Friday, May 05, 2006
So, just when you were counting your blessings that you weren't being sexually harassed by a colleague, you find out that
a research project I have spent months trying to get grant support for was the topic of a paper presented at a recent clinical conference; it got a nice award there, too. At least the idea was a good one.
The conference presenter hailed from a research group just down the road from my own Midwestern university, where I am an assistant professor in a medical school. Then I learned that the company that had financed the research behind this award-winning paper was the same company that I had approached months ago to support my project.
This poor woman went back to her office and cried. Then she got on the phone, networked, and got herself a job offer in industry as a consultant! Where she found:
Everyone at the company seemed very relaxed and happy to be there. There were pictures of children displayed on desks and each office was personalized by the occupant -- and had windows. A few people came to the company from academe and were willing to talk about their experiences. The main changes they perceived? The corporate world had more deadlines and the clients controlled the project timelines.
But of course, stories like these have nothing to do with the pancake-like graphs detailing the percentage of women faculty in science and engineering over the last 40 years.
You know, it's funny, just recently the Chronicle also had an article titled "Sense of Injustice Can Lead Scientists to Act Unethically, Study Finds". Believe it or not, it seems
the correlation is stronger for scientists whose "scientific identity is vulnerable," Mr. De Vries said. Younger researchers and women in male-dominated fields were more likely to respond to perceived injustices by cutting corners, the study found.
The study's authors recommend the following:
...simple training in ethics at individual institutions may not be enough to encourage scientists to play by the rules...In addition, journal editors, peer reviewers, and leaders of professional societies must find ways to judge work fairly and bestow rewards based on merit, not simply because of a project's "glamour" or grant size. Still, responsibility for good behavior ultimately rests with each scientist, the authors conclude. "As disheartening as it may be to work under conditions of unfairness," they counsel early-career scientists, "it is a potentially career-ending event to be found guilty of violating professional rules, regulations, or laws."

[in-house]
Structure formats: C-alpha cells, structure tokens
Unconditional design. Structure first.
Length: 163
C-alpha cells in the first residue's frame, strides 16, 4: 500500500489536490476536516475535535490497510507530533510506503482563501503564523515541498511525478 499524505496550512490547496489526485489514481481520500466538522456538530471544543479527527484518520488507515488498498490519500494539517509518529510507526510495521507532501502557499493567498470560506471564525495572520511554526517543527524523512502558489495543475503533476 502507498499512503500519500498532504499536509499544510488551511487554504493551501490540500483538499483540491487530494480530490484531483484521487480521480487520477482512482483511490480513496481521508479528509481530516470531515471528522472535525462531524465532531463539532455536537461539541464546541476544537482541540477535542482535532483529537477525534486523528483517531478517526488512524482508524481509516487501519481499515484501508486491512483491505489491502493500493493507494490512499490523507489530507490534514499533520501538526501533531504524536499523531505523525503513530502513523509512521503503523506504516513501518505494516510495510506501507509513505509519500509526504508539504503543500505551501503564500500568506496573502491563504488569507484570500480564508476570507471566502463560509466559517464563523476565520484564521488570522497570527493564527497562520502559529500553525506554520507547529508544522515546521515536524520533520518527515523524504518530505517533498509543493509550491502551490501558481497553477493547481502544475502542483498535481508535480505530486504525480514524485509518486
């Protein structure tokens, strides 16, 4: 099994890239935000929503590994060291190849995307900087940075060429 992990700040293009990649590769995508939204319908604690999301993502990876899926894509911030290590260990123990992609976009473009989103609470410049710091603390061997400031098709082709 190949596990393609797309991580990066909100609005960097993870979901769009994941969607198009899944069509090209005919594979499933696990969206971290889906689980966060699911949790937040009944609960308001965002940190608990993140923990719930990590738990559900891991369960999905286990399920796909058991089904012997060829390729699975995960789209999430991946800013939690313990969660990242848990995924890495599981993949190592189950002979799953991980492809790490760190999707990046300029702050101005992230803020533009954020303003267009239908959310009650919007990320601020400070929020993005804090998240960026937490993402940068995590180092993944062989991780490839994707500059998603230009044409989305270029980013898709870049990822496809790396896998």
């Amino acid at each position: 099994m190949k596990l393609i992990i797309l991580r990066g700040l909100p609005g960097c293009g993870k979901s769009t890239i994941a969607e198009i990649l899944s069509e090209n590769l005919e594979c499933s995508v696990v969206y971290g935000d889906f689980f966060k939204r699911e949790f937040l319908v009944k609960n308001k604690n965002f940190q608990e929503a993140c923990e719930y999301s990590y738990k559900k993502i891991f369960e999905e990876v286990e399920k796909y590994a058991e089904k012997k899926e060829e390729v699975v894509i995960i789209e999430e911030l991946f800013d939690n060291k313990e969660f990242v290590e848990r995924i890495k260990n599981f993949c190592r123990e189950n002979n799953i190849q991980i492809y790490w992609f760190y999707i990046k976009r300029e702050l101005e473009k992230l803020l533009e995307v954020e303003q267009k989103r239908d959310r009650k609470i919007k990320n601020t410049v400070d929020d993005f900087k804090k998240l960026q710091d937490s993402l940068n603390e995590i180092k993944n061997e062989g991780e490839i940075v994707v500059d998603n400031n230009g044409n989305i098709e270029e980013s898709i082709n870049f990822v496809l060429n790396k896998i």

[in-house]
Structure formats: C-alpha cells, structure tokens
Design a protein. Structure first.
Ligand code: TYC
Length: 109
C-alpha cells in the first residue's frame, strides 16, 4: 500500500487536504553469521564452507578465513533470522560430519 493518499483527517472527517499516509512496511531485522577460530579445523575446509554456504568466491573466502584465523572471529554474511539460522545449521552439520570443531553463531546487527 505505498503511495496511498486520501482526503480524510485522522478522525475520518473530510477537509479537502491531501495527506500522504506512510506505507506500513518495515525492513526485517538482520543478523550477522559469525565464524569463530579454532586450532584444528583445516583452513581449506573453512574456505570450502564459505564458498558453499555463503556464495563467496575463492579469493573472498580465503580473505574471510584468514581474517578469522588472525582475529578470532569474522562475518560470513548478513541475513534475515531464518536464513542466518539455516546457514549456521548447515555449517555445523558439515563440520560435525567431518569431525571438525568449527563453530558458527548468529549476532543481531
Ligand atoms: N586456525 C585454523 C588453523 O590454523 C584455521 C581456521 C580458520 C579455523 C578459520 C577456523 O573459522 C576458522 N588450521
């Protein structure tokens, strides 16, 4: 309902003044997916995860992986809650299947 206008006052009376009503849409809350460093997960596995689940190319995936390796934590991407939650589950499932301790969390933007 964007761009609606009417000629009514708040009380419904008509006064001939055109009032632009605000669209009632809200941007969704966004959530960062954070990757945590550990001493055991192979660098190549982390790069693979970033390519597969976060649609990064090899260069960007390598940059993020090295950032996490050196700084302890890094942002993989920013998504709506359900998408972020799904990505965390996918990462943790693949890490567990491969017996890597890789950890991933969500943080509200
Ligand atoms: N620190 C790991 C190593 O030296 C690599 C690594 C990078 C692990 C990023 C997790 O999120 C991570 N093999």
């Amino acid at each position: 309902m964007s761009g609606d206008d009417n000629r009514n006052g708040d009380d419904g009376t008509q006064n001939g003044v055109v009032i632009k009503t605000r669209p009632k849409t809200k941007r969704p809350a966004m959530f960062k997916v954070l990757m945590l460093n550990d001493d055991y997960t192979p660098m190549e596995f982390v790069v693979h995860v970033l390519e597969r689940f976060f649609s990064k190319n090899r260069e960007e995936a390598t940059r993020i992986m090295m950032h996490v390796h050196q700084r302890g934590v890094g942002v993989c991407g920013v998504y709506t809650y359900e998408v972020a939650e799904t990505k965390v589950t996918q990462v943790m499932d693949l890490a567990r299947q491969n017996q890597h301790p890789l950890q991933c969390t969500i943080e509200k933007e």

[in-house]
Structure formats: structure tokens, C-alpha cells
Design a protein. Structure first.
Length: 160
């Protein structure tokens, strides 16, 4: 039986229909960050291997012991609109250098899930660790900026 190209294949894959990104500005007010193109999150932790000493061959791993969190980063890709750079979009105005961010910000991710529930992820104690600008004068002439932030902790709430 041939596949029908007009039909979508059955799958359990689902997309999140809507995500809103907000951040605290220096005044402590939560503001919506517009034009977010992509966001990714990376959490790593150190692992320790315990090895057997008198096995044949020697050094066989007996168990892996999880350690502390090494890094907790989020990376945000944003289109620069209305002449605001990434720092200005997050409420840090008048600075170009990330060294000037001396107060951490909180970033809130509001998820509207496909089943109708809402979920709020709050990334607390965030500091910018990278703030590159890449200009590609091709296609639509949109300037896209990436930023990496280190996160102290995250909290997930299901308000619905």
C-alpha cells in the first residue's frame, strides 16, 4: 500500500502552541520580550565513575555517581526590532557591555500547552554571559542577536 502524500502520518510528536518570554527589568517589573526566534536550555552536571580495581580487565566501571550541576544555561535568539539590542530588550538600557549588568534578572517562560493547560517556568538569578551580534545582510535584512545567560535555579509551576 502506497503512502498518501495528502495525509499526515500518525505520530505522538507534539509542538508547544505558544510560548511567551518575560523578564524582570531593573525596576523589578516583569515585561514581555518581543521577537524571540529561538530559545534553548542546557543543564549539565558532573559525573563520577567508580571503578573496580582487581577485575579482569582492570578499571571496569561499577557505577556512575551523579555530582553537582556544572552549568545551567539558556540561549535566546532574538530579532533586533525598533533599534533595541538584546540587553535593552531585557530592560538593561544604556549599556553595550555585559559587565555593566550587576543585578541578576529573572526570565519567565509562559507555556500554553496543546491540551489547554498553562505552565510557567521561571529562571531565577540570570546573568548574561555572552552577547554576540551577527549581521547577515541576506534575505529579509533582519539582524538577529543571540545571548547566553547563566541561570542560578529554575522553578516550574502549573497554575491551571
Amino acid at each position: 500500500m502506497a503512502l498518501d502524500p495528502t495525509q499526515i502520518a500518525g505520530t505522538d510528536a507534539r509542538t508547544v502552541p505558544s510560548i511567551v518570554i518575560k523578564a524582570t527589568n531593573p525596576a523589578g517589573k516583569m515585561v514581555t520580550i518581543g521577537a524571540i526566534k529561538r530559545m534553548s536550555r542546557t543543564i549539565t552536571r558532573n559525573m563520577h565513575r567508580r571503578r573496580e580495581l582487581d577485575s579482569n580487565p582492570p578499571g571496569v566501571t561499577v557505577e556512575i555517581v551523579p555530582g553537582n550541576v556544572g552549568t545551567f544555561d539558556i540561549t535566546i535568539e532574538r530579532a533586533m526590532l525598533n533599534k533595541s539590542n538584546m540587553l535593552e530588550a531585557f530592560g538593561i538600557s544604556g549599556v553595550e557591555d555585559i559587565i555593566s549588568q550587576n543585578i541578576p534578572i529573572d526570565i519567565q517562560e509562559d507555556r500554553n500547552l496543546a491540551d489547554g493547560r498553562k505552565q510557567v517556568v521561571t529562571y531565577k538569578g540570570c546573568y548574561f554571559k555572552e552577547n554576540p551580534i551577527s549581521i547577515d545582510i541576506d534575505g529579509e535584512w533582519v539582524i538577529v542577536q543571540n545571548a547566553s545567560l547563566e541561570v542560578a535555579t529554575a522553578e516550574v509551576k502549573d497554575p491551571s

Perhaps, instead of wringing our hands and telling our vulnerable colleagues to suck it up and take it like a man, we could try that simple ethics training anyway. For the senior scientists. Something along these lines:
You should not rape your students or colleagues. Yes, for those of you in the back of the classroom, that includes coercing them. Yes, coercing does include threatening to withhold resources or promising rewards, not just physical violence. You guys!
You also should not sexually harass your colleagues. I refer you to the university's policy on sexual harassment - no, really it's true! We have one! I know, I was surprised too to find that out. Anyhoo, take a look-see and be careful out there. I know the undergraduates look really hot, but they are not here to help you through your mid-life crisis or your divorce or your transition from graduate student to professor or anything else.
Just to be clear, 1, 2, and 3 still apply even if you think she's willing or she wants it or she's asking for it or she needs it or whatever other excuse you come up with to put the agency on her and absolve yourself of guilt. They also apply even if she is actually willing. See reference in #3 above.
Racial harassment - also frowned upon. Yes, we do have a policy on this one too! Question in the back? Yes, if you see one black student in your class in the front row on the first day of classes, you should not ask him/her if they are sure they are in the right classroom. Extra credit: Q: What do you not say if a black or Hispanic student comes to you during office hours for extra help after getting a C on an exam? A: "That's a very good grade for someone like you."
This one will seem really crazy, but here it is: You should not steal the ideas and/or work of your graduate students, junior faculty, or other colleagues and pass them off as your own. Hey, corporate funders, can you hear us while you're back there unloading the lunch you've had catered in for us?